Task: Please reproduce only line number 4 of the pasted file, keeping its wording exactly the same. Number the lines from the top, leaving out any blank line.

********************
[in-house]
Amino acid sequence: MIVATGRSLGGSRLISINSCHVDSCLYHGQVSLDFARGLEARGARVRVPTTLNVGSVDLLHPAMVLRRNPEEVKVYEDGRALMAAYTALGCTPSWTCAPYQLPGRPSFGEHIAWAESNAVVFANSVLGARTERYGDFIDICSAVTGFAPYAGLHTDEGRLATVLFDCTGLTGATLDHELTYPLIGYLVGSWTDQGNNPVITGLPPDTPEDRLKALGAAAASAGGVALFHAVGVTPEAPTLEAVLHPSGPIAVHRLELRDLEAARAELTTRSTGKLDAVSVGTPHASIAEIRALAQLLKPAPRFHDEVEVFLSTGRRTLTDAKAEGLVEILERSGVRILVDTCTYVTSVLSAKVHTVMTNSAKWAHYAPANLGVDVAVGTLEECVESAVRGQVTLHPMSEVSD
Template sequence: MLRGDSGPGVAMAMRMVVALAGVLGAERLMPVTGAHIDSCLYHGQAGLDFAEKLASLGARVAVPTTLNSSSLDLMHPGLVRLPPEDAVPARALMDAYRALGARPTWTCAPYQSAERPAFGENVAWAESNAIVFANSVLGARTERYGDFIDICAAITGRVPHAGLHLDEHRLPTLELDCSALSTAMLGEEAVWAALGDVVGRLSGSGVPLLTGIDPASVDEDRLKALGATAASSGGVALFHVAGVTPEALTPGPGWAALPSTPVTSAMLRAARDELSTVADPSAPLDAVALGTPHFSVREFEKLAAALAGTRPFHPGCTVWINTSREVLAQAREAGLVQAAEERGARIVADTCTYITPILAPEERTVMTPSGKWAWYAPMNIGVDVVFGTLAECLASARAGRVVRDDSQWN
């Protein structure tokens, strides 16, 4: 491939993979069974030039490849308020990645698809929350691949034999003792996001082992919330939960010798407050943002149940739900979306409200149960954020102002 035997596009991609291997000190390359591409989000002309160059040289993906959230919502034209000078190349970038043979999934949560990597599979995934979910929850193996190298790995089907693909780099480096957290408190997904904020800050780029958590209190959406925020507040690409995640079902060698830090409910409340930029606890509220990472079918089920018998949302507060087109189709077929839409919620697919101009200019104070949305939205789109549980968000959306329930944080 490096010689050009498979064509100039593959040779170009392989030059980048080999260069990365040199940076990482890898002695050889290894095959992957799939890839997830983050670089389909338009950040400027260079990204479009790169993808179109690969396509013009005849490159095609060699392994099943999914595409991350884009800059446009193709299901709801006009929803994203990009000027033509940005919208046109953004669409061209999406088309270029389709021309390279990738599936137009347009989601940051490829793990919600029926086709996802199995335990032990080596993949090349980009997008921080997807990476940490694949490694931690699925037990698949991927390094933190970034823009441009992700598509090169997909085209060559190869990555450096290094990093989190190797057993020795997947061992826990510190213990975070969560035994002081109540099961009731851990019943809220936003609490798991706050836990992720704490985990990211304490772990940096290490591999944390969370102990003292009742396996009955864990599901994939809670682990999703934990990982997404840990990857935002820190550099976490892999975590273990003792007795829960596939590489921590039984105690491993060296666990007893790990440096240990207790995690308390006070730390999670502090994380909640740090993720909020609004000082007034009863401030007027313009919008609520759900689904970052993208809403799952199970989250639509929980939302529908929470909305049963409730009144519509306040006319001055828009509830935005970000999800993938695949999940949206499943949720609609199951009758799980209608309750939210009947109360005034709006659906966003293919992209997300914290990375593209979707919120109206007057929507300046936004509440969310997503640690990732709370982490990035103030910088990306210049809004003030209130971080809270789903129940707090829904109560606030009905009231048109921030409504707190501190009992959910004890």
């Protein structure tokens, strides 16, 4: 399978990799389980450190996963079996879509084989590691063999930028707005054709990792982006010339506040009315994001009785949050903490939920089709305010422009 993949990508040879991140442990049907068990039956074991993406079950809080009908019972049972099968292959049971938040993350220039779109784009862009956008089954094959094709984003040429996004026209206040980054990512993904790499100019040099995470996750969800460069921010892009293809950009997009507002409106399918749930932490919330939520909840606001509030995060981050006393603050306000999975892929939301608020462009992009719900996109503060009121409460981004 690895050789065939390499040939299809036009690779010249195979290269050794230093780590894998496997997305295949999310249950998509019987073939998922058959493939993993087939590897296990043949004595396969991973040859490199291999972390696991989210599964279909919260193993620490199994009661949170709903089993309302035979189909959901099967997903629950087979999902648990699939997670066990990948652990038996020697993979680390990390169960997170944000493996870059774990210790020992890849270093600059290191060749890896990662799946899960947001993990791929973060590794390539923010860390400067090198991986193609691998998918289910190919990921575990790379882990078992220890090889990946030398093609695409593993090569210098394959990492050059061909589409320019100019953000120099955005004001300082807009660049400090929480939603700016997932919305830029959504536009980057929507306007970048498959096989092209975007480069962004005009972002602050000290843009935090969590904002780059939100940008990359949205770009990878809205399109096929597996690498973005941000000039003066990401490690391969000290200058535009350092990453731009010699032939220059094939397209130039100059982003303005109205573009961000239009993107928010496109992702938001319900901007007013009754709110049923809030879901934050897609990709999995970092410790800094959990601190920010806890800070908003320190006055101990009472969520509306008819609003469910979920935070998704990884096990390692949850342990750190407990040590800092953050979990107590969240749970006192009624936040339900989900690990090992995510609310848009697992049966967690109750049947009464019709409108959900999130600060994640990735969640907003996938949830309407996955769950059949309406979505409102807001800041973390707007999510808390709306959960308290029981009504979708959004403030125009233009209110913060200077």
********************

């Protein structure tokens, strides 16, 4: 491939993979069974030039490849308020990645698809929350691949034999003792996001082992919330939960010798407050943002149940739900979306409200149960954020102002 035997596009991609291997000190390359591409989000002309160059040289993906959230919502034209000078190349970038043979999934949560990597599979995934979910929850193996190298790995089907693909780099480096957290408190997904904020800050780029958590209190959406925020507040690409995640079902060698830090409910409340930029606890509220990472079918089920018998949302507060087109189709077929839409919620697919101009200019104070949305939205789109549980968000959306329930944080 490096010689050009498979064509100039593959040779170009392989030059980048080999260069990365040199940076990482890898002695050889290894095959992957799939890839997830983050670089389909338009950040400027260079990204479009790169993808179109690969396509013009005849490159095609060699392994099943999914595409991350884009800059446009193709299901709801006009929803994203990009000027033509940005919208046109953004669409061209999406088309270029389709021309390279990738599936137009347009989601940051490829793990919600029926086709996802199995335990032990080596993949090349980009997008921080997807990476940490694949490694931690699925037990698949991927390094933190970034823009441009992700598509090169997909085209060559190869990555450096290094990093989190190797057993020795997947061992826990510190213990975070969560035994002081109540099961009731851990019943809220936003609490798991706050836990992720704490985990990211304490772990940096290490591999944390969370102990003292009742396996009955864990599901994939809670682990999703934990990982997404840990990857935002820190550099976490892999975590273990003792007795829960596939590489921590039984105690491993060296666990007893790990440096240990207790995690308390006070730390999670502090994380909640740090993720909020609004000082007034009863401030007027313009919008609520759900689904970052993208809403799952199970989250639509929980939302529908929470909305049963409730009144519509306040006319001055828009509830935005970000999800993938695949999940949206499943949720609609199951009758799980209608309750939210009947109360005034709006659906966003293919992209997300914290990375593209979707919120109206007057929507300046936004509440969310997503640690990732709370982490990035103030910088990306210049809004003030209130971080809270789903129940707090829904109560606030009905009231048109921030409504707190501190009992959910004890």